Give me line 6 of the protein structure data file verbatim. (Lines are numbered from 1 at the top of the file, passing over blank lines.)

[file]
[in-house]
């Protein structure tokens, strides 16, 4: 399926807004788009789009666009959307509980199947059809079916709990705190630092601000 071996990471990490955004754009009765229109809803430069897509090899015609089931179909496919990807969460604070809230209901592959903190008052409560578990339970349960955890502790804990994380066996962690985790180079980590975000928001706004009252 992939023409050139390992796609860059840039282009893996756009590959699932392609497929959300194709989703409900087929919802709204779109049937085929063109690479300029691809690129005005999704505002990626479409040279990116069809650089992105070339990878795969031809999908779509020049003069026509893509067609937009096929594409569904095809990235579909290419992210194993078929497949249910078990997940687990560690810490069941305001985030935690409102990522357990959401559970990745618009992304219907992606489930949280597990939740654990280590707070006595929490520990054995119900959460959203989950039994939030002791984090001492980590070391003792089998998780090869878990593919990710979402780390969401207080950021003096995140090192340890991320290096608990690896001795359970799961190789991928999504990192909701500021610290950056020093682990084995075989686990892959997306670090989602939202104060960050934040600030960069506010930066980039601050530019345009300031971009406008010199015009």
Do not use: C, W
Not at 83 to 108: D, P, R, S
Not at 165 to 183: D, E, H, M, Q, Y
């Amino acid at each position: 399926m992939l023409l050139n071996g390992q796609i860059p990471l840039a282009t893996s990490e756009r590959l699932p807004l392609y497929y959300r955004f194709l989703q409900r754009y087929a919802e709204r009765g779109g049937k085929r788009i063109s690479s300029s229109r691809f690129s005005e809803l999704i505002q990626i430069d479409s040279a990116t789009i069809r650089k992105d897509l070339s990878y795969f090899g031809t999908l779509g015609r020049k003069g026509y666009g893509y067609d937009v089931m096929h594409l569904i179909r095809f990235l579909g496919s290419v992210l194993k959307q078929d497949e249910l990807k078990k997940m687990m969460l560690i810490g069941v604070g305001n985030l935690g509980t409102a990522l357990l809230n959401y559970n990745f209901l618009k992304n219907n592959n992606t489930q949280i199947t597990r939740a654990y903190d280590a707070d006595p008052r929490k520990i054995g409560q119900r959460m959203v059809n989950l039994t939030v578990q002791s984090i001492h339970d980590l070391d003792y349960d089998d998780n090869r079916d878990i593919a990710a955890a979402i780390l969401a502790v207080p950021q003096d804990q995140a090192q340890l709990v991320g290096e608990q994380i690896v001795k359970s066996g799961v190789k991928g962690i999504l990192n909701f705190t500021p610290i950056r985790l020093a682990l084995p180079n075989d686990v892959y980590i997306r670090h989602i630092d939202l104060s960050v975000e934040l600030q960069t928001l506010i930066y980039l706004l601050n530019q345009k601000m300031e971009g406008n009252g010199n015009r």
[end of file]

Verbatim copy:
């Amino acid at each position: 399926m992939l023409l050139n071996g390992q796609i860059p990471l840039a282009t893996s990490e756009r590959l699932p807004l392609y497929y959300r955004f194709l989703q409900r754009y087929a919802e709204r009765g779109g049937k085929r788009i063109s690479s300029s229109r691809f690129s005005e809803l999704i505002q990626i430069d479409s040279a990116t789009i069809r650089k992105d897509l070339s990878y795969f090899g031809t999908l779509g015609r020049k003069g026509y666009g893509y067609d937009v089931m096929h594409l569904i179909r095809f990235l579909g496919s290419v992210l194993k959307q078929d497949e249910l990807k078990k997940m687990m969460l560690i810490g069941v604070g305001n985030l935690g509980t409102a990522l357990l809230n959401y559970n990745f209901l618009k992304n219907n592959n992606t489930q949280i199947t597990r939740a654990y903190d280590a707070d006595p008052r929490k520990i054995g409560q119900r959460m959203v059809n989950l039994t939030v578990q002791s984090i001492h339970d980590l070391d003792y349960d089998d998780n090869r079916d878990i593919a990710a955890a979402i780390l969401a502790v207080p950021q003096d804990q995140a090192q340890l709990v991320g290096e608990q994380i690896v001795k359970s066996g799961v190789k991928g962690i999504l990192n909701f705190t500021p610290i950056r985790l020093a682990l084995p180079n075989d686990v892959y980590i997306r670090h989602i630092d939202l104060s960050v975000e934040l600030q960069t928001l506010i930066y980039l706004l601050n530019q345009k601000m300031e971009g406008n009252g010199n015009r």